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ASMR: The mysterious YouTube practice nobody truly understands.

It starts slowly. With quiet music, a soft whisper and low lighting. A gentle reassurance and countless words of comfort follow. The person talking is looking right at you, without judgement. At that same even pace, the video continues for anywhere between 10 minutes to over an hour as hundreds of thousands of people all around the world join you to tune in and listen to ASMR – a practice that in 2019 is now more under the microscope and misunderstood than ever before.

What is ASMR? Mia, Holly and Jessie discuss on Mamamia Out Loud. Post continues after video.

What is ASMR?

For those who haven’t heard of it, Autonomous Sensory Meridian Response, or ASMR as it’s more commonly known, refers to the tingling sensation people experience in their scalp and throughout their body when a deep level of relaxation, calm and sometimes euphoria, is reached. And while it’s still not fully understood how, the most common way to experience or induce ASMR is through whispering.

Both the term and practice are both relatively new, having only been formalised in 2010 by New Yorker Jennifer Allen. But now, thanks to Youtube, it’s a sensation millions of people are now tuning in to reach via skilled ASMR artists. One of which is Lauren Ostrowski-Fenton, a Victorian-based artist in her 50s whose videos have had over half a million views, listening to her every word.

what is asmr
For many, ASMR offers a similar level of relaxation and calm to meditating. Source: iStock.
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What is the purpose of ASMR?

Known as The Whispering Mother, Ostrowski-Fenton tells Mamamia, "ASMR is a projection of what people need in their life and the way that they see the world... It projects back to the viewer what the viewer is looking for."

She explains, "It runs on empathy, and when you watch and listen, it gives you a sensation that you are actually there. It's like virtual reality."

In particular, Ostrowski-Fenton says, ASMR is hugely popular with young people, specifically those aged between 25 to 35.

"They're generally looking for love, they're looking for attention, they're looking for care," she explained. "They're people who don't know what to do with their career or what to study at university, they're having relationship problems or might be struggling with their sexuality. Sometimes their parents are going through a divorce."

ASMR, she says, makes these people feel as if someone's heard them.

what is asmr
Lauren Ostrowski-Fenton aka The Whispering Mother. Source: Facebook.
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Does it really work though?

Without being too sceptical, it's easy to understand why some people may find it hard to believe that a YouTube video of someone gently whispering is actually helping people take control of their life all that much.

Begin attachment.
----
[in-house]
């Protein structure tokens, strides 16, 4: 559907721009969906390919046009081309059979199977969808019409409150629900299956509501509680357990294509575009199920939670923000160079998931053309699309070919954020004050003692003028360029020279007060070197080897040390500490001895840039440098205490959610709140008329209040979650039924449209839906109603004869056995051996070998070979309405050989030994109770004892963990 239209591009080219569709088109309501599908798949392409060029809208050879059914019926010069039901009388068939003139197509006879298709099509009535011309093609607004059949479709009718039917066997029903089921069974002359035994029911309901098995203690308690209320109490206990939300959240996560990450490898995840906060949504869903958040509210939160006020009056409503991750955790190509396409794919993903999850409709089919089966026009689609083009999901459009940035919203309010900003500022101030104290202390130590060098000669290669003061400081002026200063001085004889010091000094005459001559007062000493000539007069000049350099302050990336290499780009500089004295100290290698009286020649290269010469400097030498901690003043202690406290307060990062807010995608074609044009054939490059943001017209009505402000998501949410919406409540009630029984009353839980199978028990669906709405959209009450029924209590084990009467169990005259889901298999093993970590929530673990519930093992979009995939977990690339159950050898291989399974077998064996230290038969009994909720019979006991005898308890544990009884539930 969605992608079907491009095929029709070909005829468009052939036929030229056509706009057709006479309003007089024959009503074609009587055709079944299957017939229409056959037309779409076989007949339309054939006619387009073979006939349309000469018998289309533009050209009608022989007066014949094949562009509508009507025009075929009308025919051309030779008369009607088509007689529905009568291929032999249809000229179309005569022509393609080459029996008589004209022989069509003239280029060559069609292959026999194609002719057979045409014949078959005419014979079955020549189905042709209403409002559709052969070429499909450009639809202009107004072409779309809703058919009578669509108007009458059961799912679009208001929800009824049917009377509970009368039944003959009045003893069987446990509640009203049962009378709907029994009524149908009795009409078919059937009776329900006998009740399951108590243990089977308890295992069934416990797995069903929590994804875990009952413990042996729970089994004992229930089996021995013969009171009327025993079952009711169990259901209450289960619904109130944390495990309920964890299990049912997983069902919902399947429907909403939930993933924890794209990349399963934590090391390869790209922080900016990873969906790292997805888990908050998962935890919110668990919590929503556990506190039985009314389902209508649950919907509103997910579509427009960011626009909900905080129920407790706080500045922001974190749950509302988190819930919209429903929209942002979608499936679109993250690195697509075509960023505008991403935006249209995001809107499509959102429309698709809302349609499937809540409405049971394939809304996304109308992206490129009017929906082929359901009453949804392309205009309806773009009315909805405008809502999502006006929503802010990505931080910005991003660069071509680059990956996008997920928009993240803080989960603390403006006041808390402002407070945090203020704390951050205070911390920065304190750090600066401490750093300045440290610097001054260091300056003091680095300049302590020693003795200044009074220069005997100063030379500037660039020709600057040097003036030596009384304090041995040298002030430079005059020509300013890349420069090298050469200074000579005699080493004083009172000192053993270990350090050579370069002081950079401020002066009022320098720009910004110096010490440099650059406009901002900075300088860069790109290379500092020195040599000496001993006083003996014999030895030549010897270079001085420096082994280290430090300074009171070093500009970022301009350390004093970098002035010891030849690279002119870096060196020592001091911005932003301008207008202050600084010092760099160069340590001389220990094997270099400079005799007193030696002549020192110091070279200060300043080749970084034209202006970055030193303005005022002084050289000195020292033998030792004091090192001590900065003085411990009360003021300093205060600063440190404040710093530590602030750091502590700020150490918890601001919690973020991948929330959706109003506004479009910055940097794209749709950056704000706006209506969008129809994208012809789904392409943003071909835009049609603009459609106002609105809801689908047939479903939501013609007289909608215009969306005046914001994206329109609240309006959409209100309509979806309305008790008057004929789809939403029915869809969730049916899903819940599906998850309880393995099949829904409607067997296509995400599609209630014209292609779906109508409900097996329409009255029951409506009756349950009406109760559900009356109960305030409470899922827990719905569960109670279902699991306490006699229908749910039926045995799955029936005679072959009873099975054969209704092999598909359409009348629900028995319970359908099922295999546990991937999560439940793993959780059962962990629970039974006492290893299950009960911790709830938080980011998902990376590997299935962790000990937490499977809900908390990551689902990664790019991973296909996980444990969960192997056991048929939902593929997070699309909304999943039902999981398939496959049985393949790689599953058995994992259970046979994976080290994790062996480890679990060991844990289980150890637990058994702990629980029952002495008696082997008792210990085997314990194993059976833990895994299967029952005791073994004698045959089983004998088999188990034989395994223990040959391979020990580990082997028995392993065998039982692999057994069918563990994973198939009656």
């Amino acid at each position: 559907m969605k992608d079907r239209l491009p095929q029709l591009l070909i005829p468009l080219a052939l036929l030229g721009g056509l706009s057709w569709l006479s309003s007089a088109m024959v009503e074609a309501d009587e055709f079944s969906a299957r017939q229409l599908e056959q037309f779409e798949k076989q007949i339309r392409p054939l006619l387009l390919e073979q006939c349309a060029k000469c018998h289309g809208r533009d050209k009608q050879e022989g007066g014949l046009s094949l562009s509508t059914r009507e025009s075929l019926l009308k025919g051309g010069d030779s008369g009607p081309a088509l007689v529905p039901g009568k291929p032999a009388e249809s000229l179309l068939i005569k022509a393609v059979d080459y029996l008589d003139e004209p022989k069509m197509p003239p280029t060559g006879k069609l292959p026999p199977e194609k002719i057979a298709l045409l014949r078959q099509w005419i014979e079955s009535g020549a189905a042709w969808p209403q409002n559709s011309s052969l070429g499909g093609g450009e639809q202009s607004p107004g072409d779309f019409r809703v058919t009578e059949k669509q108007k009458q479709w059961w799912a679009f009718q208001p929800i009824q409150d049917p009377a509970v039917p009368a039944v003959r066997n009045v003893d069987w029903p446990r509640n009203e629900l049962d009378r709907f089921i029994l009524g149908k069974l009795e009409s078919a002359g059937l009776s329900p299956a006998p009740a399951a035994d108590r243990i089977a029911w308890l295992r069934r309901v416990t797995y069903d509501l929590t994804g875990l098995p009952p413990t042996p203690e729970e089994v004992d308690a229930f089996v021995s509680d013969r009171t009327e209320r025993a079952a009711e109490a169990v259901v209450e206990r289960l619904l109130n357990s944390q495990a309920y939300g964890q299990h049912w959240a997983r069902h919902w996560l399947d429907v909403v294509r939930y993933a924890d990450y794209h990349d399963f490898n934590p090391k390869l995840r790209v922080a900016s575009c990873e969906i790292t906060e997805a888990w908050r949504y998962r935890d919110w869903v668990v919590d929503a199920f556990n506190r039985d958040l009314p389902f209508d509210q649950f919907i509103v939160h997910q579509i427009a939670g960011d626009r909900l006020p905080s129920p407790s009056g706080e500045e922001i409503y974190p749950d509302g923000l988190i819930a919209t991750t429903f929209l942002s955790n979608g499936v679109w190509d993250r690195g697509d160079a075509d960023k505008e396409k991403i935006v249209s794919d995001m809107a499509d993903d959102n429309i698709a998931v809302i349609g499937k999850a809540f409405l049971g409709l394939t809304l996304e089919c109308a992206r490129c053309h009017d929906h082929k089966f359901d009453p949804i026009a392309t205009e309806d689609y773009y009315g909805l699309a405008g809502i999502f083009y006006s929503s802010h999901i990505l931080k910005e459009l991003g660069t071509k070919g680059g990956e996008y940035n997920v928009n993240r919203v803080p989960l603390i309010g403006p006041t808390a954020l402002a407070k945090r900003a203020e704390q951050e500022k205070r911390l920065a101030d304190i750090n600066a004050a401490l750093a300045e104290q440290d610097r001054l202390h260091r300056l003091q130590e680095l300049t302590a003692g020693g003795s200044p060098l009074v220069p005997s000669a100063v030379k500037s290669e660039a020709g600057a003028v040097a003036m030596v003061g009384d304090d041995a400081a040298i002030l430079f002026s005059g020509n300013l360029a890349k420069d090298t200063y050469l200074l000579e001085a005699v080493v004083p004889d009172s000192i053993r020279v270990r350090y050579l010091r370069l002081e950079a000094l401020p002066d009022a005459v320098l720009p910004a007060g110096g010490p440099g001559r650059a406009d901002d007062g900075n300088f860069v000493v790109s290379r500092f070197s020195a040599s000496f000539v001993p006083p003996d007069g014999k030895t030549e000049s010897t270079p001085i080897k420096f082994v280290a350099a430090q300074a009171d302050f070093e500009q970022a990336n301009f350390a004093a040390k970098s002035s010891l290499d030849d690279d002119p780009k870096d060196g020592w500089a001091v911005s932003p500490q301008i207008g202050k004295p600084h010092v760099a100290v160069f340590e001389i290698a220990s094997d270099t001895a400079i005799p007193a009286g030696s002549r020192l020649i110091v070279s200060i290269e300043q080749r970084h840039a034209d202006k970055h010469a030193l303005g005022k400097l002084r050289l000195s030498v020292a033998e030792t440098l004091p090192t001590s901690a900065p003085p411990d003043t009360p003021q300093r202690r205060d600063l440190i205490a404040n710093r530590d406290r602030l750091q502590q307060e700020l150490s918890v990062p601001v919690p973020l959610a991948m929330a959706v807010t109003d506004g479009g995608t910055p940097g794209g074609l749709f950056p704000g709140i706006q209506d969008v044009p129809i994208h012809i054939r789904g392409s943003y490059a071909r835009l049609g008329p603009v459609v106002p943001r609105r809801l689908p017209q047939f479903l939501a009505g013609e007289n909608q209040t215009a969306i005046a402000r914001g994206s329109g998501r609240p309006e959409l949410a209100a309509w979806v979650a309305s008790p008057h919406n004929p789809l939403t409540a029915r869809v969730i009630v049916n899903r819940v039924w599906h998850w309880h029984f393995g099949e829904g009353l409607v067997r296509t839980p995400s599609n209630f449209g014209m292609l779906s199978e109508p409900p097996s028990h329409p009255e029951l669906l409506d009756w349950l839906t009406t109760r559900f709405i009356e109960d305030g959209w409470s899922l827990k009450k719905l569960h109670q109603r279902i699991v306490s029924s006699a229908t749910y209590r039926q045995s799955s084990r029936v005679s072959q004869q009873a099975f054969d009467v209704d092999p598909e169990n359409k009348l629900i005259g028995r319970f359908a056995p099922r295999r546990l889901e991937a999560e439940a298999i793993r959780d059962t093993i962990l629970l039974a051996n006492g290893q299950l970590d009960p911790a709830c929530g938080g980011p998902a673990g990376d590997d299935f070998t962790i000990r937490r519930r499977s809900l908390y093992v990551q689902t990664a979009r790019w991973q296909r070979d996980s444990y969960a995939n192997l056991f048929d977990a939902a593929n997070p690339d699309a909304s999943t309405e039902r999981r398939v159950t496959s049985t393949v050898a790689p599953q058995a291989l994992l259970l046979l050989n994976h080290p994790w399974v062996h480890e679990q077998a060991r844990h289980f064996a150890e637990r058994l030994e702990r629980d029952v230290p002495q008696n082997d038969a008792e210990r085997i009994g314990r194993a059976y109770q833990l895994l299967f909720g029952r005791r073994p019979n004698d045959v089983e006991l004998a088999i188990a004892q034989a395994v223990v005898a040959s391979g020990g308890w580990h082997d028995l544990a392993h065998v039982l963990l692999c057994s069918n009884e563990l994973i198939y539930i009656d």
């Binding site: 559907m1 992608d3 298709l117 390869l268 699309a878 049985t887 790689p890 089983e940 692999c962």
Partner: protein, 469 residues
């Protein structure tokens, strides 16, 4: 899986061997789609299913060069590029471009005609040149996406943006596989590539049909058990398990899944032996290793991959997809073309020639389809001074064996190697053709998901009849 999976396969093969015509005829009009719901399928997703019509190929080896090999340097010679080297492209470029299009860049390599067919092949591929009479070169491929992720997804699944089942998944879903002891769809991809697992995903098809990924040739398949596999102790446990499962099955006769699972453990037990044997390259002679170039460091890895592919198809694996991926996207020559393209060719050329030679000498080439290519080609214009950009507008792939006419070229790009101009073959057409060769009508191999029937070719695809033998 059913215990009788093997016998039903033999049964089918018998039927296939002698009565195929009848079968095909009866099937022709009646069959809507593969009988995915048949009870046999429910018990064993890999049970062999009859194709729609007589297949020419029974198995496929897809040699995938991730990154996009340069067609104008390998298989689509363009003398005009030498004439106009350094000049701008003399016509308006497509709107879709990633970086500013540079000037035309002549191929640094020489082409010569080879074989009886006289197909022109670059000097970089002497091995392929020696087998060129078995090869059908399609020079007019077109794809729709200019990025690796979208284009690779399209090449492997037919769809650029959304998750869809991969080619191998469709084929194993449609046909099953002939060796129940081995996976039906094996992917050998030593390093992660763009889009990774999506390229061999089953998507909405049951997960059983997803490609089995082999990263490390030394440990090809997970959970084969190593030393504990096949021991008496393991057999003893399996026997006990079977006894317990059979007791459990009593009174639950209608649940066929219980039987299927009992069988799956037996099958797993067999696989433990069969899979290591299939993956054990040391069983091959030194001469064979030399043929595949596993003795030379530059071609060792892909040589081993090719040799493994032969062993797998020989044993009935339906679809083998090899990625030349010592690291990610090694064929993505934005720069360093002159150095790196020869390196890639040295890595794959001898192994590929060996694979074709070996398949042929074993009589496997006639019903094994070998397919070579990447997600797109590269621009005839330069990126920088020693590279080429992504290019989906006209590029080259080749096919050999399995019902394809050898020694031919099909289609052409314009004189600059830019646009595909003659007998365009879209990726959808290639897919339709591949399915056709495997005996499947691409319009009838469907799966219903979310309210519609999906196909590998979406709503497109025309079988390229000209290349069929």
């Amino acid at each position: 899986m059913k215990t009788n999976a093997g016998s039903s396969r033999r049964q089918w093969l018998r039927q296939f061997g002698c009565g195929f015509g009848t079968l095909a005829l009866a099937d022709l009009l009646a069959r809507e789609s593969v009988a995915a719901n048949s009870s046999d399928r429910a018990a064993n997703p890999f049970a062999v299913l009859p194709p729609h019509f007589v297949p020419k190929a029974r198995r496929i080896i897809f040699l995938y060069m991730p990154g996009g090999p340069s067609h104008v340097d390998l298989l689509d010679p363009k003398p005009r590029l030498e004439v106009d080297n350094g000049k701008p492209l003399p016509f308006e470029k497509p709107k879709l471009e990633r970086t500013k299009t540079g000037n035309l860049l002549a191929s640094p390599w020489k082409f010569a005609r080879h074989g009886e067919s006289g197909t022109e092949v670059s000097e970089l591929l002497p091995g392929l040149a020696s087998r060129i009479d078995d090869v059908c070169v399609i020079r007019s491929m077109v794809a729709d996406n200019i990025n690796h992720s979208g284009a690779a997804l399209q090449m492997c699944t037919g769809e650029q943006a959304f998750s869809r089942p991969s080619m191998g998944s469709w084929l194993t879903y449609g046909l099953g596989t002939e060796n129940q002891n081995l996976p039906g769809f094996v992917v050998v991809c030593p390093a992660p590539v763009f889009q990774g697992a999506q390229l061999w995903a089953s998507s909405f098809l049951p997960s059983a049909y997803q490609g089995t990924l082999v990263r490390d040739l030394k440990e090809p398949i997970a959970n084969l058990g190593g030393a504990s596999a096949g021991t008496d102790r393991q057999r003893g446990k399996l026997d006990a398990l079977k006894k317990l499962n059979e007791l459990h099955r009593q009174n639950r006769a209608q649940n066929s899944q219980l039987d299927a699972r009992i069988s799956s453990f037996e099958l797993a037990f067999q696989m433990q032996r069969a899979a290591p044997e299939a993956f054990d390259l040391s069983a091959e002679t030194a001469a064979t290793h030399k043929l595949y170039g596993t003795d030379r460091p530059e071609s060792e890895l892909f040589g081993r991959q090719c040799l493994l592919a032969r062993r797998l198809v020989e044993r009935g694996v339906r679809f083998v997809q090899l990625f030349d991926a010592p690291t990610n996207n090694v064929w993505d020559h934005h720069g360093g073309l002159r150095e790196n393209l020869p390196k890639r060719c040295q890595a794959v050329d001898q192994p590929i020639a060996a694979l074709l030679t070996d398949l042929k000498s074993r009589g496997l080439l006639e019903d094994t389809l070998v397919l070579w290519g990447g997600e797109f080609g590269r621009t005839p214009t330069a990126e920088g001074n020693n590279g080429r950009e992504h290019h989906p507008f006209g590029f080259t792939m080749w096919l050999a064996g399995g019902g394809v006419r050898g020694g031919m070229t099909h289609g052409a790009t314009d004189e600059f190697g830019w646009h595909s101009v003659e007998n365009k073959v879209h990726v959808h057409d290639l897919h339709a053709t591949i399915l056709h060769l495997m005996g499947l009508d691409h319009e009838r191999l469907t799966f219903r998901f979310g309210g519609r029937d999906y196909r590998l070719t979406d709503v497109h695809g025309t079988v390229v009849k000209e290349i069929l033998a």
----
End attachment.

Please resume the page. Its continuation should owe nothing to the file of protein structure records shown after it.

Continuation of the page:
But according to Nelly*, a woman who has been watching ASMR videos for six years, it really does do all that and more.

"To someone who doesn't experience the response, ASMR is weird and creepy. To those who do, ASMR is the touchstone of comfort and elixir of euphoria," Nelly tells Mamamia. "It is an addictive feeling, but unlike other addiction, it is not harmful."

(*Name has been changed.)

Is ASMR a form of pornography?

This is a somewhat tricky question. For many of the millions of subscribers and artists, the answer is a firm no. But in recent years a number of former pornstars have launched ASMR careers and have quickly become international superstars for their work.

What those few select artists do, though, Ostrowski-Fenton - who has worked in meditation, life coaching and fitness industries prior to this - says, is give an unrealistic portrayal of what ASMR is and offers to people. "Like many other things in today's world, ASMR has been brutalised by pornography," she says.

The trick of ASMR, Ostrowski-Fenton says, is to "give people what they need rather than what they think they want." Meaning, just because we might want a quick fix of sex or porn, deep down it's probably not actually what we need.

Listen: The Well discusses the secrets of happy people. Post continues... 

How is ASMR viewed by the medical community? 

Again, this is a tricky question. Broadly speaking, the medical community in Australia at least, appears to have reservations about the science behind ASMR, as well as the concern that people with mental health issues like anxiety and post-traumatic stress disorder are using the video as a substitute for qualified psychology.

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For Ostrowski-Fenton, who holds a Masters degree in counselling, ASMR is "like a massage."

"A massage may help with rehab following a back injury, but you still see the physio. So if someone has PTSD or another serious health issue, they must see a psychologist," she says.

Another way of looking at it is like a dinner of meat and three veg. For someone experiencing a mental health condition, psychology and/or medication may be the meat, but daily tools like meditation, ASMR, exercise and sleep can all be used as the vegetables that also help keep a person going.

"ASMR acts as a bridge," she says. "It doesn't negate psychology."

what is asmr
Lauren Ostrowski-Fenton aka The Whispering Mother. Source: Facebook.

Would you like it?

Interestingly, not everyone experiences the head-tingling experience that ASMR induces. So if you're one of those who doesn't, ASMR isn't likely to offer you the experience it offers some, but that doesn't mean it won't soothe or relax you nonetheless. And the only way to find out is to try.

Listen to one of Lauren's ASMR tapes below. 

Have you tried or would you ever try ASMR? Let us know in the comments section below.